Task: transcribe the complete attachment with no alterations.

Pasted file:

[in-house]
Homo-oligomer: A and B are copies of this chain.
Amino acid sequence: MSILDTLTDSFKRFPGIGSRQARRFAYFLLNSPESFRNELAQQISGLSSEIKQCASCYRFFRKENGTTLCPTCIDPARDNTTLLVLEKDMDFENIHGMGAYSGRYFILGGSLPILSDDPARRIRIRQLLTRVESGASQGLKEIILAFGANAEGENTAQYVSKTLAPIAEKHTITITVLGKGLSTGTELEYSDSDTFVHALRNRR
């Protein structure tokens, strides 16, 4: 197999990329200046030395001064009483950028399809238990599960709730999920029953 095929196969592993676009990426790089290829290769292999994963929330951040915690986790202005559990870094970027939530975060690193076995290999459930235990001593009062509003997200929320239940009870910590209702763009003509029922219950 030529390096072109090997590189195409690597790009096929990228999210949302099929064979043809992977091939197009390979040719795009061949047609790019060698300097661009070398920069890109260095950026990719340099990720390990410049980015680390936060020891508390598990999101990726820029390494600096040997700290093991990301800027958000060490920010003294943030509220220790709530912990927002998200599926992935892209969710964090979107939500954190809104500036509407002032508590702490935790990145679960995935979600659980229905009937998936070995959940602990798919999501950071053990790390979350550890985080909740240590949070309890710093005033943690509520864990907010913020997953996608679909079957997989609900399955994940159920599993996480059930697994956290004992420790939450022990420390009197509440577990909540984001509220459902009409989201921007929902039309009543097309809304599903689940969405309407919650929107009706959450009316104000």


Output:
[in-house]
Homo-oligomer: A and B are copies of this chain.
Amino acid sequence: MSILDTLTDSFKRFPGIGSRQARRFAYFLLNSPESFRNELAQQISGLSSEIKQCASCYRFFRKENGTTLCPTCIDPARDNTTLLVLEKDMDFENIHGMGAYSGRYFILGGSLPILSDDPARRIRIRQLLTRVESGASQGLKEIILAFGANAEGENTAQYVSKTLAPIAEKHTITITVLGKGLSTGTELEYSDSDTFVHALRNRR
């Protein structure tokens, strides 16, 4: 197999990329200046030395001064009483950028399809238990599960709730999920029953 095929196969592993676009990426790089290829290769292999994963929330951040915690986790202005559990870094970027939530975060690193076995290999459930235990001593009062509003997200929320239940009870910590209702763009003509029922219950 030529390096072109090997590189195409690597790009096929990228999210949302099929064979043809992977091939197009390979040719795009061949047609790019060698300097661009070398920069890109260095950026990719340099990720390990410049980015680390936060020891508390598990999101990726820029390494600096040997700290093991990301800027958000060490920010003294943030509220220790709530912990927002998200599926992935892209969710964090979107939500954190809104500036509407002032508590702490935790990145679960995935979600659980229905009937998936070995959940602990798919999501950071053990790390979350550890985080909740240590949070309890710093005033943690509520864990907010913020997953996608679909079957997989609900399955994940159920599993996480059930697994956290004992420790939450022990420390009197509440577990909540984001509220459902009409989201921007929902039309009543097309809304599903689940969405309407919650929107009706959450009316104000």